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THE RHUBARB
Robert Creamer
June 11, 1956
Baseball is mainly about bats, balls and base hits but another old and honorable facet of the game is the rhubarb
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June 11, 1956

The Rhubarb

Baseball is mainly about bats, balls and base hits but another old and honorable facet of the game is the rhubarb

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"You know what it means?" Goetz went on. "It means I got a job to do tomorrow. I have to set those guys straight. Instead of having a nice quiet afternoon behind the plate, I'm going to have a tough job of work."

The next afternoon, with Goetz behind the plate, Wally Moon again took exception to a strike call. Again he lifted his face to the sky in mock despair and turned toward the umpire.

"Don't look at me!" Goetz snapped. "Turn around!"

Moon looked at him in amazement.

"Turn around!" Goetz seethed. "Don't look back at me!"

Moon backed out of the batter's box, angry now himself. In from third raced Stanky. Goetz watched, alert. Again Moon was quieted down, and again Stanky walked around the umpire on his way back to third. As he passed Goetz he murmured the derogatory comment Goetz expected.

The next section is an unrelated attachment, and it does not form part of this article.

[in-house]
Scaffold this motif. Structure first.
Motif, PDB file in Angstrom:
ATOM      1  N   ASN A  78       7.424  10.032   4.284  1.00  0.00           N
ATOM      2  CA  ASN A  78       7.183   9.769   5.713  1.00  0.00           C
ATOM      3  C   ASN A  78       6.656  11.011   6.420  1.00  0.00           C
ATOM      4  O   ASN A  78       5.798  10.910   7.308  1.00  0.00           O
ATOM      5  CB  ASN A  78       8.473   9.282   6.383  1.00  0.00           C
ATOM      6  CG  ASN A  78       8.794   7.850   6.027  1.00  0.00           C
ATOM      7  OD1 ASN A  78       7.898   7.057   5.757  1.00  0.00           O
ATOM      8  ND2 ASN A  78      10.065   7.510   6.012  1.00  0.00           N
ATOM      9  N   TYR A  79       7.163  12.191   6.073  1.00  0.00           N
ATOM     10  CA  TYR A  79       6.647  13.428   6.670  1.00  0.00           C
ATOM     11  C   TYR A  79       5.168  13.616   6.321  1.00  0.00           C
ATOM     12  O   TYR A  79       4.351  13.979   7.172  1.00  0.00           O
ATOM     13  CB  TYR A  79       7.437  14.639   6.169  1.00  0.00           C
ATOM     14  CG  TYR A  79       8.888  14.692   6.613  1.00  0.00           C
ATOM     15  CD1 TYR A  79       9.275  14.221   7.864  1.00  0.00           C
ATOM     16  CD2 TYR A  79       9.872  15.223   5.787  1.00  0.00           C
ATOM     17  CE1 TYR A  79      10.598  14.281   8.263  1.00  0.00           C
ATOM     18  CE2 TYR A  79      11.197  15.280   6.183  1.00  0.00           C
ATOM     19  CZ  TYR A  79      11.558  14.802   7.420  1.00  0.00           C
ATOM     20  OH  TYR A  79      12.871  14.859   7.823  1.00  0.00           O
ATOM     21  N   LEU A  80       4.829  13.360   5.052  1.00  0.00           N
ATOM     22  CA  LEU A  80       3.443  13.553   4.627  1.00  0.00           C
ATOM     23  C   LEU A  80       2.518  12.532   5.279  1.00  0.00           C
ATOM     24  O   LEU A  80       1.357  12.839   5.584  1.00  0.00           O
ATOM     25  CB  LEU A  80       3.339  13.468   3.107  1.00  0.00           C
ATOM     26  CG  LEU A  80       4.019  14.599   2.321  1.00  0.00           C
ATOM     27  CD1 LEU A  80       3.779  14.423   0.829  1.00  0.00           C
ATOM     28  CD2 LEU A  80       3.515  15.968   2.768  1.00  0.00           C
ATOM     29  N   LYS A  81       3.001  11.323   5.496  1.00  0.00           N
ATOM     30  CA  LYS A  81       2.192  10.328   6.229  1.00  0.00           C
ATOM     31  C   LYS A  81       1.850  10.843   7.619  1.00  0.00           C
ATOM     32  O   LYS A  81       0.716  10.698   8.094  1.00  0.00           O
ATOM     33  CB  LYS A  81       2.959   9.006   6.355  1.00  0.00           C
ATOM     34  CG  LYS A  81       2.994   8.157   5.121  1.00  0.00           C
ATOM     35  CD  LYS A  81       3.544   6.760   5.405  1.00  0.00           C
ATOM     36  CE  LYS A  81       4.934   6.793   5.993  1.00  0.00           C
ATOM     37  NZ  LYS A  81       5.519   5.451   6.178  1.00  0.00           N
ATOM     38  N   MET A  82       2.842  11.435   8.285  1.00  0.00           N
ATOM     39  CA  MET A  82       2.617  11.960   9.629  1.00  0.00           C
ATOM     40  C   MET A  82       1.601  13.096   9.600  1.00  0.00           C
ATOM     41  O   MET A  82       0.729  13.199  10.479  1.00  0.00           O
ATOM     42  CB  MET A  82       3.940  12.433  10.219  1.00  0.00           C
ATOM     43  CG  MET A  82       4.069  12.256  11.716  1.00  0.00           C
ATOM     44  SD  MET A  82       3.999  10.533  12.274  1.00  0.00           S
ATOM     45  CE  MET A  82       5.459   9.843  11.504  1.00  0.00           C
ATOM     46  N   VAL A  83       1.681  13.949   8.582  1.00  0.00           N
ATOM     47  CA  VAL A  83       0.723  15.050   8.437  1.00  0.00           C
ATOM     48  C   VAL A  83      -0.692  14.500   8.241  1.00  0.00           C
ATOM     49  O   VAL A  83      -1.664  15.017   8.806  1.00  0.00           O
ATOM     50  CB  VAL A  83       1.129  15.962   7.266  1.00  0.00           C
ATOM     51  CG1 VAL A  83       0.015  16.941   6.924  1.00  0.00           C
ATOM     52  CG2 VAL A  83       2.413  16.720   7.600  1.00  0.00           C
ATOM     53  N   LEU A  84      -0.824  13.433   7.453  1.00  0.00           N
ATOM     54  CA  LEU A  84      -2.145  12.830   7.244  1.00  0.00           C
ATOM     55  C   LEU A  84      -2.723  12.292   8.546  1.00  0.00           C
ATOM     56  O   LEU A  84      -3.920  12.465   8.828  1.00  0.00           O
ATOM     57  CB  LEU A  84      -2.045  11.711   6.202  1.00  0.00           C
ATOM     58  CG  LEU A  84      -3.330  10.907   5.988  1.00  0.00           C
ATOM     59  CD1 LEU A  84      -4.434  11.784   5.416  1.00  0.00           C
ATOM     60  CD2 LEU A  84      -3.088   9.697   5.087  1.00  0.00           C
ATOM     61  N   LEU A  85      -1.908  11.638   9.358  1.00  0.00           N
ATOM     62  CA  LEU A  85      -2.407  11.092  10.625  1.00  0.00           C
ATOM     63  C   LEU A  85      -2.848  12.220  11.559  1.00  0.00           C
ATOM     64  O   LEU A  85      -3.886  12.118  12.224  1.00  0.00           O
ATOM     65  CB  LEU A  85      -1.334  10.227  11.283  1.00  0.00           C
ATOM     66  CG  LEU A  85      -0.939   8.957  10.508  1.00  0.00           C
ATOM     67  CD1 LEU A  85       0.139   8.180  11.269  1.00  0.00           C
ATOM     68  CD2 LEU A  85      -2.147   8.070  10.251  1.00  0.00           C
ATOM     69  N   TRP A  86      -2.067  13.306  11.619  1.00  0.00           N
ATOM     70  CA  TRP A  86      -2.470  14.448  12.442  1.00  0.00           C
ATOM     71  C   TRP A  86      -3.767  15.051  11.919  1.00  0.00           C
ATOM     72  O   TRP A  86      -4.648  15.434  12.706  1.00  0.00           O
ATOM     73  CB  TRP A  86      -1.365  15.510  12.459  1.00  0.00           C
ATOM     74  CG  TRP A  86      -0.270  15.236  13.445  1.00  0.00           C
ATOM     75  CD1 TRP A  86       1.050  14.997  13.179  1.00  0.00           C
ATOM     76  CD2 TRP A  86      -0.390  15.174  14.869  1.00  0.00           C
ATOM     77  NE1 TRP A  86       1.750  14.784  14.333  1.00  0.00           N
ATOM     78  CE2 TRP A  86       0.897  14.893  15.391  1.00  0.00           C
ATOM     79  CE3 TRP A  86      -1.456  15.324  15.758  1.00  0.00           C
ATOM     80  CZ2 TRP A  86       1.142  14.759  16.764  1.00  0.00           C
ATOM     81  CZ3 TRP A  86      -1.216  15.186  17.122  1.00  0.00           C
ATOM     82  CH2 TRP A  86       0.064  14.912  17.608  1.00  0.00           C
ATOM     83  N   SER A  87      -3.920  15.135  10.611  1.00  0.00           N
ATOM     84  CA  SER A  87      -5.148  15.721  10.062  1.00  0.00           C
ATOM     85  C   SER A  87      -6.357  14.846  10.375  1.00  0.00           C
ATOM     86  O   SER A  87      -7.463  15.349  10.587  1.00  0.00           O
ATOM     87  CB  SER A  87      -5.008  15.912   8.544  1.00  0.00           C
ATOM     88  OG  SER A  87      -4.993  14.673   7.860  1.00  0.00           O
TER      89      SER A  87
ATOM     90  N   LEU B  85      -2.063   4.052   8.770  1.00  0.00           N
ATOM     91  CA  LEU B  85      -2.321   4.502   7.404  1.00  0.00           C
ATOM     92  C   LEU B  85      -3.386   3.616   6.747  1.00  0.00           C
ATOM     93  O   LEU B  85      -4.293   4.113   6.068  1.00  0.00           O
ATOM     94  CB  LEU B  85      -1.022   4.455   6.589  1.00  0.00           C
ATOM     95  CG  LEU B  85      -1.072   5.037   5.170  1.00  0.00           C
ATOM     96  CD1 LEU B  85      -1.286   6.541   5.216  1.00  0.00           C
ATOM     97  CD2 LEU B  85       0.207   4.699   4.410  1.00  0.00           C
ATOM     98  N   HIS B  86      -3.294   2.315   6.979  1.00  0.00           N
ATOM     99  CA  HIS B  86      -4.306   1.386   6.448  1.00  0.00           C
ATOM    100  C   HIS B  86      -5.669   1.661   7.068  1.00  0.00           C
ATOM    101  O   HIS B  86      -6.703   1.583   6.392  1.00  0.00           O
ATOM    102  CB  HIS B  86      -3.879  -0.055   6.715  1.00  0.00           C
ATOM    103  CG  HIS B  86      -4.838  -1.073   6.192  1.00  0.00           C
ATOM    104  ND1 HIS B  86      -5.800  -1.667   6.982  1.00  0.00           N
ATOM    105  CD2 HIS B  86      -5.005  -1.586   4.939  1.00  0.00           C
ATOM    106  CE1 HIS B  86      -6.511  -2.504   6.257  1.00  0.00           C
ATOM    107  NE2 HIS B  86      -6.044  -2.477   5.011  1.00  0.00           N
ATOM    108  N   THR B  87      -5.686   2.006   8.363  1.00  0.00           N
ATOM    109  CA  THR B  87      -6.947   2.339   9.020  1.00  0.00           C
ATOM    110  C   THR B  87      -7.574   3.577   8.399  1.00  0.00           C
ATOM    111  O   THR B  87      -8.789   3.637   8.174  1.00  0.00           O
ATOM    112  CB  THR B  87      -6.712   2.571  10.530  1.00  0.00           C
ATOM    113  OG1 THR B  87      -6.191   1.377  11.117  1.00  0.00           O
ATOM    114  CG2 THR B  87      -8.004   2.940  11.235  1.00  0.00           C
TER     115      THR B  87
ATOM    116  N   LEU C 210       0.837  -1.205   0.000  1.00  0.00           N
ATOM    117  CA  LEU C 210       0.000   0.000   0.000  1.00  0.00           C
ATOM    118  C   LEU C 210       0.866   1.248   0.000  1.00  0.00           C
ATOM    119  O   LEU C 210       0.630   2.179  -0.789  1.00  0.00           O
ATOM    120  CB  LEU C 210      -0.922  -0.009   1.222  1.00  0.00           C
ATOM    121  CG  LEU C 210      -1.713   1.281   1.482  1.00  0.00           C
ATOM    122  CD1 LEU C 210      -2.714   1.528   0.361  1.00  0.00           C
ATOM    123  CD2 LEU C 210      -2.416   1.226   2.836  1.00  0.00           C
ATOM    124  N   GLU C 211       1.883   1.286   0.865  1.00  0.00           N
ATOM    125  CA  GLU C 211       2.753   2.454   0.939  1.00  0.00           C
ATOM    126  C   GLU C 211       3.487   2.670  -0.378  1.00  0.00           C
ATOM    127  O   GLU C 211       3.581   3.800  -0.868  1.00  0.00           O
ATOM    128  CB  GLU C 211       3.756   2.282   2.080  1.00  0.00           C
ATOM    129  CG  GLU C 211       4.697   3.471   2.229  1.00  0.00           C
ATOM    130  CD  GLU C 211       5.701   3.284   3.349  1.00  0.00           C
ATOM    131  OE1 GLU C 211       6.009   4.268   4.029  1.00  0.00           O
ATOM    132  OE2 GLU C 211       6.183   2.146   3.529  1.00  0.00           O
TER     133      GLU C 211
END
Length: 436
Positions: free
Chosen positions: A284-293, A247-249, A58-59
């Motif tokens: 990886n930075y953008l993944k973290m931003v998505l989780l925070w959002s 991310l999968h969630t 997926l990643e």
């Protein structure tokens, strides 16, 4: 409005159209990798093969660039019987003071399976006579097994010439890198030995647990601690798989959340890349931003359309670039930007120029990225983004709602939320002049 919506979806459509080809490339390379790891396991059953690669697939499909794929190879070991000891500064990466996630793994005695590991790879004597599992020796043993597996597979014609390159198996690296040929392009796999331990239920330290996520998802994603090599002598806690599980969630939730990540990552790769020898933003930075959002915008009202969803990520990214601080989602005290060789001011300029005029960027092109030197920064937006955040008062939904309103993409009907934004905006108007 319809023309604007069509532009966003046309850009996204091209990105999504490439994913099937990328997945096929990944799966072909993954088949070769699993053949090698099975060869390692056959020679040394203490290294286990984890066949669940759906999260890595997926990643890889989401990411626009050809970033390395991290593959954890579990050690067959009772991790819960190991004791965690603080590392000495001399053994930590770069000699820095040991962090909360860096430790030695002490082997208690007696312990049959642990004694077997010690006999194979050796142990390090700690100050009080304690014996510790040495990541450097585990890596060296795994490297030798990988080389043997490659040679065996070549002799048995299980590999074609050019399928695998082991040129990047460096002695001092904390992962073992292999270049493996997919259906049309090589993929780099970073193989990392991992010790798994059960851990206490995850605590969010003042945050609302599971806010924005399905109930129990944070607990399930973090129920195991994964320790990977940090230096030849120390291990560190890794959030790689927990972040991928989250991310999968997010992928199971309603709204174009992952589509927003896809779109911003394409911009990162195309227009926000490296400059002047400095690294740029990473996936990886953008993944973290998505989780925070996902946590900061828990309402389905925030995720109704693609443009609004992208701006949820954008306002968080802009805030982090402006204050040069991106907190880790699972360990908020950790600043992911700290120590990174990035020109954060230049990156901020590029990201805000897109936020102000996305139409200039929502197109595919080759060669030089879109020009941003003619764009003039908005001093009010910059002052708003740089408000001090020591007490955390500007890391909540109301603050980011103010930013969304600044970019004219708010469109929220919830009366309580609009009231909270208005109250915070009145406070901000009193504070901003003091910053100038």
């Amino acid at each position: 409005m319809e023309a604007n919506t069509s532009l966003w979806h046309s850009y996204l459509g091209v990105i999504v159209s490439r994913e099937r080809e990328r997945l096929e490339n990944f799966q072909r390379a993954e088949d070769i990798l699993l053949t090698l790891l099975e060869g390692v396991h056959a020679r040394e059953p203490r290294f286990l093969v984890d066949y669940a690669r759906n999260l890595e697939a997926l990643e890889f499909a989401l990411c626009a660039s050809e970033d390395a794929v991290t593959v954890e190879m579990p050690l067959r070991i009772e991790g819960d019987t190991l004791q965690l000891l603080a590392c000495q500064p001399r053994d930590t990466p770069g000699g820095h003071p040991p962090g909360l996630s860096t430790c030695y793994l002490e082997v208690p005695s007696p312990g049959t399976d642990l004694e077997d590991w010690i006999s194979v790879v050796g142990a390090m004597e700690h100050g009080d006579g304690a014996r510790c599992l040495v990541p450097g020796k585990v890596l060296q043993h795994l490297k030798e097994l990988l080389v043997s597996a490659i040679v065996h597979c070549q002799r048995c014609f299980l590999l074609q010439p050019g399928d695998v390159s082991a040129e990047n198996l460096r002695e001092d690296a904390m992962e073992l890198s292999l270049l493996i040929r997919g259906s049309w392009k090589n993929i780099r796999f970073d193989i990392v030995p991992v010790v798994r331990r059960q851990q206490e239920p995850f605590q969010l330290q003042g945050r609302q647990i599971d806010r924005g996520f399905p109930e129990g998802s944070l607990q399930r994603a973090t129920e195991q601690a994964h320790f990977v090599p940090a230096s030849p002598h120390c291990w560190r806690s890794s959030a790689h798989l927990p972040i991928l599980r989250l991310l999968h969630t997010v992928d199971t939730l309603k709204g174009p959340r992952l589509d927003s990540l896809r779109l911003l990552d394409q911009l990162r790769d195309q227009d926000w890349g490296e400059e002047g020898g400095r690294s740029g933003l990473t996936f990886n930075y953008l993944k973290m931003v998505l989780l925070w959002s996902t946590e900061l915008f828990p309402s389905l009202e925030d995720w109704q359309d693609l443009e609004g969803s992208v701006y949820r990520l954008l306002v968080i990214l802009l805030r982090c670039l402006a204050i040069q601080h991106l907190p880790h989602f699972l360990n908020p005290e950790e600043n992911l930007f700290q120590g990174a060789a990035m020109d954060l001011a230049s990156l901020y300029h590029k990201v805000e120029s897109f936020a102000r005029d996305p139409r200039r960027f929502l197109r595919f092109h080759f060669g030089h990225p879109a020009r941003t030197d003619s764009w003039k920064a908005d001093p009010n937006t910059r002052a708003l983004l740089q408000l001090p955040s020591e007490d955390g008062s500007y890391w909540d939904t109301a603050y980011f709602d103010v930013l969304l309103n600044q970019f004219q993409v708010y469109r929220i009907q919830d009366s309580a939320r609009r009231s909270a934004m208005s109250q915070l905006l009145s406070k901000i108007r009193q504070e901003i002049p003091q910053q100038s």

Goetz said nothing and did nothing, save to move his left thumb in the general direction of the St. Louis shower room. Stanky walked to the coaching box, turned and faced the plate. Goetz, impassive, looked at him and moved his thumb again. Stanky grinned sheepishly, and walked off the field without a word. Goetz had reestablished command.

Goetz's attitude is undoubtedly the correct one. Rhubarb run wild will choke baseball, and it is best to prune it drastically on occasion with a Goetzian thumb. This may serve to justify Goetz's actions in Cincinnati the other night when Rookie Robinson backed out of the box and started to argue.

Now, there is nothing more galling to an umpire with 20 seasons in the major leagues behind him than having a 20-year-old rookie tell him he is wrong. What the umpire might tolerate in the veteran ballplayer he cannot abide in the neophyte. Goetz told Robinson flatly that the pitch was a strike and that that was that. When Robinson continued to argue, Goetz signaled the pitcher to resume pitching, and when the ball came to the plate he called it strike three. Robinson was out, the inning was over and the 18,909 fans in Crosley Field were ready to throw fellow Cincinnatian Goetz into the Ohio River.

Goetz, however, undoubtedly felt that he was entirely justified. The game, a tense one, had to be controlled; this was almost certainly the reason why he threw Westrum out so quickly in the following inning.

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